- Sen. Josh Hawley of Missouri plans to introduce a bill that would ban microtransactions in games marketed to kids.
- The Protecting Children from Abusive Games Act would prevent the sale of “loot boxes,” which contain a random collection of items, and “pay to win” models in those games.
- Hawley, who has also criticised social-media platforms, says the microtransactions are designed to profit from addictive and compulsive behaviours.
- Visit Business Insider’s homepage for more stories.
Government officials want to crack down on an increasingly common feature of video games: “loot boxes.”
Sen. Josh Hawley of Missouri plans to introduce a bill that would ban loot boxes – a random collection of items that players can buy in a game – and other types of microtransactions in video games marketed to children.
The Washington Post reported on Wednesday that Hawley’s bill, called the Protecting Children from Abusive Games Act, would affect games designed for children, as well as mature games with players under the age of 18, like “Mortal Kombat” or “Call of Duty.”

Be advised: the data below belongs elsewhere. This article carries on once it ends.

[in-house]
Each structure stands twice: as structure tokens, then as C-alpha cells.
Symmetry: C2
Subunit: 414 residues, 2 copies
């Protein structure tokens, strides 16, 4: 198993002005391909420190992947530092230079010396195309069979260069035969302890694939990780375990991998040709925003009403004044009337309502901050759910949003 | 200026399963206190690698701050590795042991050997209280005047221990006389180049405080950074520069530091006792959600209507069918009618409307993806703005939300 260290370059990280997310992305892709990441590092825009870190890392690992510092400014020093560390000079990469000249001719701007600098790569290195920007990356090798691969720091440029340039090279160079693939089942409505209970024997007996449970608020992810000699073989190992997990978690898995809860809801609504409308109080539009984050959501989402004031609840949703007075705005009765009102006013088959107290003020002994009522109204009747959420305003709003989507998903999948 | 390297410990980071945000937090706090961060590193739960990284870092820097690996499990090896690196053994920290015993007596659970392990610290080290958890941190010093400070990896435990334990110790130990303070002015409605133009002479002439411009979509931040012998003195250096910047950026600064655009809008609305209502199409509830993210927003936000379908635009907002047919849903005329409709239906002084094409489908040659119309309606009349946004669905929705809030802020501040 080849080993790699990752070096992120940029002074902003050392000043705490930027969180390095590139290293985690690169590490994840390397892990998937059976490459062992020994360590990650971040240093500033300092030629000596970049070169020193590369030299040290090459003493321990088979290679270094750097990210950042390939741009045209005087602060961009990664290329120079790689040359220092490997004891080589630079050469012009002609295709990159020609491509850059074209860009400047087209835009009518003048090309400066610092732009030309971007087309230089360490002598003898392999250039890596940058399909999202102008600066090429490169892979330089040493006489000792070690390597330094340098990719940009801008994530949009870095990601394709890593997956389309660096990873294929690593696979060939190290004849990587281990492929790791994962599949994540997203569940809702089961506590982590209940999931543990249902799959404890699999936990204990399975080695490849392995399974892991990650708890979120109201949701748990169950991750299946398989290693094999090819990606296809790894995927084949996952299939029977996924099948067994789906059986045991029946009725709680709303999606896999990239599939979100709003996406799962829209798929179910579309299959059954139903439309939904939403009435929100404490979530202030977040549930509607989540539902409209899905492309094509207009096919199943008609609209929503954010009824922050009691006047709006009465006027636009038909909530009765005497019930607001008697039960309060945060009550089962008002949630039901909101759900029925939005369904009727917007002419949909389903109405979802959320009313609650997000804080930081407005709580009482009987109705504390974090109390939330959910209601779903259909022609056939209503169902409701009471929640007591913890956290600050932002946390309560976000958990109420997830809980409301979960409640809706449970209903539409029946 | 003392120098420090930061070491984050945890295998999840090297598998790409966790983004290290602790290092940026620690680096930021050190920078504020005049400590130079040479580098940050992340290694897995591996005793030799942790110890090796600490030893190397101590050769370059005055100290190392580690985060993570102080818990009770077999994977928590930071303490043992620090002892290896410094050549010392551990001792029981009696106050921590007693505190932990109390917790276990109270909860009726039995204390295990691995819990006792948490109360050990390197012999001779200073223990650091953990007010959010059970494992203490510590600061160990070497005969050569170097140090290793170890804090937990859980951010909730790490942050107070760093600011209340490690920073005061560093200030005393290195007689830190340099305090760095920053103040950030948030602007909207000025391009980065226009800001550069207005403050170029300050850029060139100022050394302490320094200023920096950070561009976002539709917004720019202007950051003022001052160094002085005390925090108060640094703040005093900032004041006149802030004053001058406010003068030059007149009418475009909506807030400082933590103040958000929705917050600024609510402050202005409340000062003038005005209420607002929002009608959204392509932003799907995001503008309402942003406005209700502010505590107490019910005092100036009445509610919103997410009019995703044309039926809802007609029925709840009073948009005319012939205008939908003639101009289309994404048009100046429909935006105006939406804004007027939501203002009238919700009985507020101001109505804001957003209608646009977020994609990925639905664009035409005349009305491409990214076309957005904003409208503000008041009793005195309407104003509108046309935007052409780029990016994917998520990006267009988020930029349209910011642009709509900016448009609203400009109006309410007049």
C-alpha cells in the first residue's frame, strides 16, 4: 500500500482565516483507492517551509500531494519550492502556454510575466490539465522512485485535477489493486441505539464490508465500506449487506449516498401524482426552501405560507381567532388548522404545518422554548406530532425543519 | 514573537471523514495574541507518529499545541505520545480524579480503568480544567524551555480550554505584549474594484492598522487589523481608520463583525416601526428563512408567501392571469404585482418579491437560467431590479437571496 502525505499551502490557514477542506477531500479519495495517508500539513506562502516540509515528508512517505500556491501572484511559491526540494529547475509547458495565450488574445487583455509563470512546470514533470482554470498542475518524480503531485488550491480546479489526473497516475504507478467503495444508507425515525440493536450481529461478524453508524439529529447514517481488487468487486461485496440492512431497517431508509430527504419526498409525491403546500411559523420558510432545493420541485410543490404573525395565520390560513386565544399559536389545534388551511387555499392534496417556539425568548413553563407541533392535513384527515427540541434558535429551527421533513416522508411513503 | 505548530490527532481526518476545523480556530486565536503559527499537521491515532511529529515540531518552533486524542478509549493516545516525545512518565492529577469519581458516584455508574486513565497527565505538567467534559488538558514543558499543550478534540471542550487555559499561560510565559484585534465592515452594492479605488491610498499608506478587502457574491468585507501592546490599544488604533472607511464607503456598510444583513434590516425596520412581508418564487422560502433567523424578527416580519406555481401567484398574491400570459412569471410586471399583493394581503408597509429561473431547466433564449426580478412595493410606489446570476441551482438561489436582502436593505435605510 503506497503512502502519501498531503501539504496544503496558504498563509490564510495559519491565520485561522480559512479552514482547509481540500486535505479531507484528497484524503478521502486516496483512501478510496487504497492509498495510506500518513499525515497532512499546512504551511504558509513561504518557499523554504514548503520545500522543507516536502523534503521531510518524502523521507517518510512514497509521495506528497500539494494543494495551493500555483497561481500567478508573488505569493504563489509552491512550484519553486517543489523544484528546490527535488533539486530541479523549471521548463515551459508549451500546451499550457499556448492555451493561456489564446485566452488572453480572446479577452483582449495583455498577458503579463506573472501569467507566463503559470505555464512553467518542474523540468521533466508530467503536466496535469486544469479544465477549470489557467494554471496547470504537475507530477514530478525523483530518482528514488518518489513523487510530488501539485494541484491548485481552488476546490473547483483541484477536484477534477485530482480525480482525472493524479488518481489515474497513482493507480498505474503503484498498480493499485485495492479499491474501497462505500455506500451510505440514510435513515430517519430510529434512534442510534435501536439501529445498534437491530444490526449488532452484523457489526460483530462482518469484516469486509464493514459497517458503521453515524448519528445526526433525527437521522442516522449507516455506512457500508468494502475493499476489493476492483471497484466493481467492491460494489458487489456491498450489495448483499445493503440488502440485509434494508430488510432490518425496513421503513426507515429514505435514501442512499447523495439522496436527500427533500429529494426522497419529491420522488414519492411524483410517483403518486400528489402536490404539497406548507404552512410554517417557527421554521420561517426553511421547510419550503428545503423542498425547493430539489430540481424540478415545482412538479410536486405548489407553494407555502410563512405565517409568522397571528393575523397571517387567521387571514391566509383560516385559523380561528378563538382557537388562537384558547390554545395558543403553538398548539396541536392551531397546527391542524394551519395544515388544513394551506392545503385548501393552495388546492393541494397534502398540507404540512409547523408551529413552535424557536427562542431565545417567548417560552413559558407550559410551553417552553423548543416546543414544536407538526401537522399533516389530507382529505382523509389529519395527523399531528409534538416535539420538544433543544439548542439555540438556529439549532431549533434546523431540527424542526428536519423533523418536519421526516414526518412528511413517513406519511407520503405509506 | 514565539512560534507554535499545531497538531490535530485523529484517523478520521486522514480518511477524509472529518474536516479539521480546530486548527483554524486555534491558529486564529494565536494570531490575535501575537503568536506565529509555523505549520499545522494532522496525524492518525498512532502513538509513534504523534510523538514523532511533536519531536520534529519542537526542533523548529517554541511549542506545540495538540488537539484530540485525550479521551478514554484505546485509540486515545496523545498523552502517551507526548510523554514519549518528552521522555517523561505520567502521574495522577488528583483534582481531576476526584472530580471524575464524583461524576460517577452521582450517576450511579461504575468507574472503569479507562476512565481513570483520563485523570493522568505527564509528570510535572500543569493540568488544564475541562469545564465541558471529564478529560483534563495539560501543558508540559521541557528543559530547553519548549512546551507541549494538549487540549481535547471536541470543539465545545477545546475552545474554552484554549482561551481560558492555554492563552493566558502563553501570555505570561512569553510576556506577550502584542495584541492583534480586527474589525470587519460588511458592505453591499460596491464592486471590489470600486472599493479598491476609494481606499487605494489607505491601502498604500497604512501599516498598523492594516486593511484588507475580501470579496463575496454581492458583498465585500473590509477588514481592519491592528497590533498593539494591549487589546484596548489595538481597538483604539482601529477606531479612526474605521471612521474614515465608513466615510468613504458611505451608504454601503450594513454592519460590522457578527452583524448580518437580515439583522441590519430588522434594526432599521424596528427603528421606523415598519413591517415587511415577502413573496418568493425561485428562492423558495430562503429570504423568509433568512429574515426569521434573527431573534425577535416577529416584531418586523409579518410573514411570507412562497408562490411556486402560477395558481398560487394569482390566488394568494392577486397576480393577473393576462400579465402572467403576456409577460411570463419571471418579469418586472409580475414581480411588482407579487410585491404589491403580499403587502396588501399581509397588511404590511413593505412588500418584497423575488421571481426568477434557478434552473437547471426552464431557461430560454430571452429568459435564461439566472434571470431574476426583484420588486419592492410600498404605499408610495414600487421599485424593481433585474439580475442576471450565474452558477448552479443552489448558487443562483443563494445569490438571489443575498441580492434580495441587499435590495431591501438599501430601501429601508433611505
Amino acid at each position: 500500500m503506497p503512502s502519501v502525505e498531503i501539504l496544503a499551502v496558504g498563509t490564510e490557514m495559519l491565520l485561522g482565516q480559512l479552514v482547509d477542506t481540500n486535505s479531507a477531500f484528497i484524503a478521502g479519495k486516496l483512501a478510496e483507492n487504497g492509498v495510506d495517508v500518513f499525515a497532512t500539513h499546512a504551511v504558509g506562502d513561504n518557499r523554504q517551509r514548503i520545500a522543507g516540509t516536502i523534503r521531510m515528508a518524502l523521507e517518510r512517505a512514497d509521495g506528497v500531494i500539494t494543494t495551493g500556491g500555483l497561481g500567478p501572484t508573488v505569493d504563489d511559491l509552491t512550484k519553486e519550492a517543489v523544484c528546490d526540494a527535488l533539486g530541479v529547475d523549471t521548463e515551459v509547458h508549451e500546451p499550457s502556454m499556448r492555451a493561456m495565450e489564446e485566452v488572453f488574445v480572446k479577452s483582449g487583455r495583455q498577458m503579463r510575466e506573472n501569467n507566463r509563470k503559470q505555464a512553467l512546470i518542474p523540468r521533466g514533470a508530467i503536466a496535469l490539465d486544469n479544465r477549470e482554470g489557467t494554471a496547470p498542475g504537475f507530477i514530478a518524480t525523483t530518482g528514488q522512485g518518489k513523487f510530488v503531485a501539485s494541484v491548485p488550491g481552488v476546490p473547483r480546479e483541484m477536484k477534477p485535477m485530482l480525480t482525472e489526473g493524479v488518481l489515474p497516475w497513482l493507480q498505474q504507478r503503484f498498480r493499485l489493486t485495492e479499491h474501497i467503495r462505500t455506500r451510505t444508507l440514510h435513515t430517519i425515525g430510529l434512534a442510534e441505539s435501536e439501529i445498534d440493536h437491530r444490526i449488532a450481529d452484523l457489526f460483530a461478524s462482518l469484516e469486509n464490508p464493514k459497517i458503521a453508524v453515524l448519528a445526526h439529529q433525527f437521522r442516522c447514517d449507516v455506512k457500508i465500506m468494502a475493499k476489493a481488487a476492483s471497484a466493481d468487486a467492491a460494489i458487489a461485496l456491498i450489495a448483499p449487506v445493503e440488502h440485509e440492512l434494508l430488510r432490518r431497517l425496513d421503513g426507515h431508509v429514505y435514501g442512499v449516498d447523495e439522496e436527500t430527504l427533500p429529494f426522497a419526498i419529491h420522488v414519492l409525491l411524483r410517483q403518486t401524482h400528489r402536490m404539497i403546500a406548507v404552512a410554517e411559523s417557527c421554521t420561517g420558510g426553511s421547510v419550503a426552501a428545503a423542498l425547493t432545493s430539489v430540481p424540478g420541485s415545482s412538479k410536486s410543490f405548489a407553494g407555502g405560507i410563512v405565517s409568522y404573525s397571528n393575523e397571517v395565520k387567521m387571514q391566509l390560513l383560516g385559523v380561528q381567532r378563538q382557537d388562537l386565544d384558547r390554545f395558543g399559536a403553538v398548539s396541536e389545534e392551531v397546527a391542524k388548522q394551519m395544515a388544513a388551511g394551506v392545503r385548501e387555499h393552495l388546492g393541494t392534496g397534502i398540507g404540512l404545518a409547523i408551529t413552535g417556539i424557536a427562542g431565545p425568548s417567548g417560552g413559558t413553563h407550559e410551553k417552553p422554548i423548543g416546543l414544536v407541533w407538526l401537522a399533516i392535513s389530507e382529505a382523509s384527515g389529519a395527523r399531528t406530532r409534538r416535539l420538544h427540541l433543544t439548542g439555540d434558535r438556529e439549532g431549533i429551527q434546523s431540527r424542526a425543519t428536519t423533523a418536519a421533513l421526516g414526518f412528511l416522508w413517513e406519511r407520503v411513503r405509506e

Microtransactions have become a major part of the video game industry and make up the business model of many popular games – for example, “Fortnite” is available for free but generated more than $US2 billion last year from microtransactions. Other games with some version of microtransactions include “FIFA 19,” “Apex Legends,” “Overwatch,” “PlayerUnknown’s Battlegrounds,” and “NBA 2K19.”
But what exactly is the difference between a loot box and a microtransaction? Here’s a look at why the controversial game-payment features are raising the ire of lawmakers, and a breakdown of everything you need to know about loot boxes.
So what exactly is a loot box?